Colorado Public Television’s regular lineup and specials reflects its commitment to public affairs programming.  Other shows on Channel 12 include  “Studio 12” and “Devil’s Advocate with Jon Caldara.”  (I have to admit that I enjoy this show, even though it absurdly presents the Independent Institute’s Caldara as the moderator, and it’s under-written by Caldara’s right-leaning organization.)

Other local public affairs prgrams are: KRMA Channel 6’s “Colorado State of Mind,” 9News’ “Your Show,” and  HarberTV’s  “Aaron Harber Show,” which often addresses national topics.

Fox 31’s “Zappolo’s People” addresses lots of public affairs topics, too.

Check them all out.

Denver radio fixture Steve Kelley joins right-wing lineup at KNUS

Steve Kelley, who hosted KOA’s morning radio show for 19 years, is now hosting a morning-drive program on right-wing KNUS (710 AM) weekdays 7 a.m. to 9 a.m.

The show, Kelley says, will take a more in-depth look at topics than KOA’s morning show, which he called a “news carousel ,” but his show won’t be “riding the horse until its legs drop off,” like Peter Boyles can do on KHOW during the same time slot.

“I don’t think you can do justice in a two-minute interview, and KOA is bound by the format,” said Kelley. “I like it. I’ve been in that format. It’s a fast-moving, fast-paced kind of thing. But I’m not doing that.”

He says his show, Kelley and Company, isn’t designed to be political. But he’ll “respond to something that’s edgy,” like an “outrageous comment by Maxine Waters,” which was at topic on the air this morning.

Also today, Kelley lashed out Obama, saying, among other things, “We don’t need a 10-day drum roll for your big jobs plan” and “this president has already played more golf than President Clinton and Bush.”

Still, he says he’ll try to present both sides of political issues, in contrast to the programming currently on KNUS, whose weekday lineup includes Bill Bennett, Dennis Miller, Dennis Prager, Mike Gallagher, Hugh Hewitt, Mark Levin, Michael Medved, and nary a left-leaner.

The hard right view is what you’d expect from KNUS owner Salem Communications, whose founders, Stuart Epperson and Edward Atsinger II, are major funders of evangelical and right-wing causes.

The company owns 95 radio stations, including one or more stations in all but two of the top 25 U.S. markets, according to the company website.

I asked Kelley if there was pressure to push a conservative agenda on his show?

“No, certainly not from management,” Kelley says, acknowledging that it’s a conservative station “without question.”

“I think they like me because I tend to have a more conservative approach. I would call myself a common-sense conservative.”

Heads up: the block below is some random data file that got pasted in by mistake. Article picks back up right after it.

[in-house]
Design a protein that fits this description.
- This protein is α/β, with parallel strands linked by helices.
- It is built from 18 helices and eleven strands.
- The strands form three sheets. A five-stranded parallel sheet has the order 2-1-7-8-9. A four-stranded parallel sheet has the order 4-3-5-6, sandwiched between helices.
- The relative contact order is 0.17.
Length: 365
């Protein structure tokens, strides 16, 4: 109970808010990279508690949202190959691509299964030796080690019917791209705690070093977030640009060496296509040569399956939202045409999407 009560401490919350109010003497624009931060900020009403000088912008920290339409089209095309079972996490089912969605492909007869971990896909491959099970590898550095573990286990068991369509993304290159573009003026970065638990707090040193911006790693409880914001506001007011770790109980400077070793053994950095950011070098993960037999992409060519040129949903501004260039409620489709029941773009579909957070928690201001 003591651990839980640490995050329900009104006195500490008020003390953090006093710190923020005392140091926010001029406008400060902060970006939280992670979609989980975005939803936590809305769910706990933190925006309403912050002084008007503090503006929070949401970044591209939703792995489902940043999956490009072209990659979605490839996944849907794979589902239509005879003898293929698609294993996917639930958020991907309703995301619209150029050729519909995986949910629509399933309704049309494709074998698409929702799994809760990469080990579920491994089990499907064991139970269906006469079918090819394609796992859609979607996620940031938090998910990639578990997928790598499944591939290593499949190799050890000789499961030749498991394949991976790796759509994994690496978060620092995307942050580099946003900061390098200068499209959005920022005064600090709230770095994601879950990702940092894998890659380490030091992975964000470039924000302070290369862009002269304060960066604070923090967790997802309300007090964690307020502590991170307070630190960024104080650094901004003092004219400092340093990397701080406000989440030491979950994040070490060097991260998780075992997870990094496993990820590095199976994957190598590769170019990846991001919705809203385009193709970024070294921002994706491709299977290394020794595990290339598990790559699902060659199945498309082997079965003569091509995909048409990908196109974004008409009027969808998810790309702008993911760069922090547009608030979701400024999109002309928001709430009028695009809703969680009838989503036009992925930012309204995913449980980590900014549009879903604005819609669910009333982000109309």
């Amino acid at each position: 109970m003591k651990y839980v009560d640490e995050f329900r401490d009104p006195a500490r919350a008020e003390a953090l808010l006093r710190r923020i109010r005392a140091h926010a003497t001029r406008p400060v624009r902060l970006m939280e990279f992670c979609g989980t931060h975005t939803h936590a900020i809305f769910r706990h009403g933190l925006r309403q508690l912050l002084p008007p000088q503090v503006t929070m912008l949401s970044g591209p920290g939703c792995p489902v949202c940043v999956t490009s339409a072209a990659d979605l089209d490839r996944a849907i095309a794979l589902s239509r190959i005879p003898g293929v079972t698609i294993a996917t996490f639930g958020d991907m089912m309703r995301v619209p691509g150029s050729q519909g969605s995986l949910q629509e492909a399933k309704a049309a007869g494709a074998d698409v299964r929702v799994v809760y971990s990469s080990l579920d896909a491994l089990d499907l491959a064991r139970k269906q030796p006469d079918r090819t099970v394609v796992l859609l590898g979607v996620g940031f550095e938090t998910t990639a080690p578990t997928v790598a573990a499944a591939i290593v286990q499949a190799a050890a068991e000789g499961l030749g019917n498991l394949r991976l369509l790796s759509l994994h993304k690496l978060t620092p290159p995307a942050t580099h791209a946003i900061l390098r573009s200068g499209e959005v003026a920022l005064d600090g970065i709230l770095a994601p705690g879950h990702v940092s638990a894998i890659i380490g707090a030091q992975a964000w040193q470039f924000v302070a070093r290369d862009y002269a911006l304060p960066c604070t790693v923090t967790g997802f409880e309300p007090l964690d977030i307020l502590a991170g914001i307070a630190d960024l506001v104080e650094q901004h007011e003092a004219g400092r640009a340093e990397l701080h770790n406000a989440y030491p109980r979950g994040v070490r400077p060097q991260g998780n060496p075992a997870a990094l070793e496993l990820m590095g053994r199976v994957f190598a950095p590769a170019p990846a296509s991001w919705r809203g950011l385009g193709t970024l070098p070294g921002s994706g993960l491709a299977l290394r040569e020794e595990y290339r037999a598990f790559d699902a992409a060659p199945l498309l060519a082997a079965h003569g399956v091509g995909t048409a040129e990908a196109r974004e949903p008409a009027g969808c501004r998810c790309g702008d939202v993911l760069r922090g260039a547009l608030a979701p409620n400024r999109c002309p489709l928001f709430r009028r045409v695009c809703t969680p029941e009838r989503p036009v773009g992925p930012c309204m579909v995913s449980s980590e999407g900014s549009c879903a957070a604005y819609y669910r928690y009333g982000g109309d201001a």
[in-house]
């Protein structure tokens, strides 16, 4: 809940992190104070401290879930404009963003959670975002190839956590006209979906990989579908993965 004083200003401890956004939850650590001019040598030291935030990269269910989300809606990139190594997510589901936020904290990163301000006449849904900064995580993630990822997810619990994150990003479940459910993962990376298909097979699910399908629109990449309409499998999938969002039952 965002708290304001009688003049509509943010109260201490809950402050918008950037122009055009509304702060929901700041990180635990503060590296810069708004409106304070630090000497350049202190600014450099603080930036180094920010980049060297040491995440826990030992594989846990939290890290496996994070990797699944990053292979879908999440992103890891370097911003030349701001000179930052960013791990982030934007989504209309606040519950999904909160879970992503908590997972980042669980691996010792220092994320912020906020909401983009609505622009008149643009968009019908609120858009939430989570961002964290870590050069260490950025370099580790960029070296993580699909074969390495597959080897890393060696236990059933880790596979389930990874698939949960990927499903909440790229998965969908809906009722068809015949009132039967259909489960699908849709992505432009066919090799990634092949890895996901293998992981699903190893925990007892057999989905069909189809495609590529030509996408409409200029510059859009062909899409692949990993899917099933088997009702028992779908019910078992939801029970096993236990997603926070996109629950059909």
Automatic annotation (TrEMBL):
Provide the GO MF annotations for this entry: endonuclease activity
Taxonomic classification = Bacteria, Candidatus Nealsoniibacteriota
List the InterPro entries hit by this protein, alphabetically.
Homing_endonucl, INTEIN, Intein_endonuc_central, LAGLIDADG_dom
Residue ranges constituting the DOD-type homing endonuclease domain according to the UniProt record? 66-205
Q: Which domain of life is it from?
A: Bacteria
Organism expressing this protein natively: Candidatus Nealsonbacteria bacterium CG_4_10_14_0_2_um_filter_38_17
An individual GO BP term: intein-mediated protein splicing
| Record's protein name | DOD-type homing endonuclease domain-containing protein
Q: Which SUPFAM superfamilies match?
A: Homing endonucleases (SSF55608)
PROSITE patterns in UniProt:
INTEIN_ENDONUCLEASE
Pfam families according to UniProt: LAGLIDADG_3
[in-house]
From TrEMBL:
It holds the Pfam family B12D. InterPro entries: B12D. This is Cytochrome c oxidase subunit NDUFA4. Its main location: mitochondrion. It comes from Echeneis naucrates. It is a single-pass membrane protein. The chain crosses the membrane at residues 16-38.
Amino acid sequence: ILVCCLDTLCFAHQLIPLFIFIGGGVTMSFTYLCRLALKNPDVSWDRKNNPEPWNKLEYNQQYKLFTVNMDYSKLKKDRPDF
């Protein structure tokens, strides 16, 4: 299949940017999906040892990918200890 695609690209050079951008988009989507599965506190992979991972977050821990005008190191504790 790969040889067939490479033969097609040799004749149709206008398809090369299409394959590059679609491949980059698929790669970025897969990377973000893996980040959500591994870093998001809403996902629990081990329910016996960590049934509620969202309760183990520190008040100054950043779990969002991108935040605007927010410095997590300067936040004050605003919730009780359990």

Kelley’s KOA job ended when he moved to television to anchor Fox 31’s morning program. But at the end of 2008, his contract wasn’t renewed in the wake of the merger between Channel 2 and Fox 31.

What’s Kelley been doing since leaving Fox?

“I’ve been living off the government teet, which was very very difficult,” he says. “I didn’t want to take unemployment for six months. I just thought other people could use it more than I can. I thought I’d land somewhere. It was devastating financially, and then I decided to do this unemployment thing.”

A lawsuit against Fox was settled out of court.

“Ninety-eight percent of all lawsuits are settled out of court,” Kelley says. “I was determined; this one’s not going to. I felt wronged and lied to, and I needed to clear my name. The Settlement was significant, but not nearly what I lost. It cost me, I’m not afraid to tell you, well into a million dollars. It’s tough.”

Kelley had hoped to return to KOA, which he considers “family,” but there were “no openings that I fit.”

“It was KNUS, though, that continued to say, we really, really want you. We need a morning show here. The more and more I kept putting this off, it was pretty clear that it’s good to be wanted. And these guys, hey, it’s a blank page. We want you to do what you want to do. I couldn’t do that on KOA.”

“Anything that occurs to me. Hey, did you see this. Let’s talk about it.”

During a recent recent morning, the show aired a piece on I70 traffic, an interview about Rockies pitcher Nicasio, a stock update from an advertiser, a mention that Anthony Weiner “has been erased from the menu at the Queens Deli,”  a story about a mayor who had a 20-ton boulder dumped on his ex-wife’s lawn. Weather. Traffic.

“It’s still a cake that’s not fully baked. We just put it in the oven. We’ll see how it comes out. I think within 6 mmths or a year we’ll see if this finds an audience.”

“What really is most exciting is the chemistry,” he said speaking of  on-air colleagues Bill Rogan and Murphy Wells. “You can’t force chemistry. You just can’t. I’ve been part of shows where the egos are so big.  The chemistry makes work enjoyable. And I haven’t felt that in a long, long time, certainly not in television. It’s sad.”

Post buries news that Hancock’s phone in use during some possible prostitution appointments

The Denver Post buried a key paragraph in its front-page story today showing that Michael Hancock apparently did not use his cell phone to call a prostitution ring.

The Post reported toward the end of the story that Hancock’s cell phone was actually being used during five of the nine possible times Hancock was allegedly engaged with a prostitute.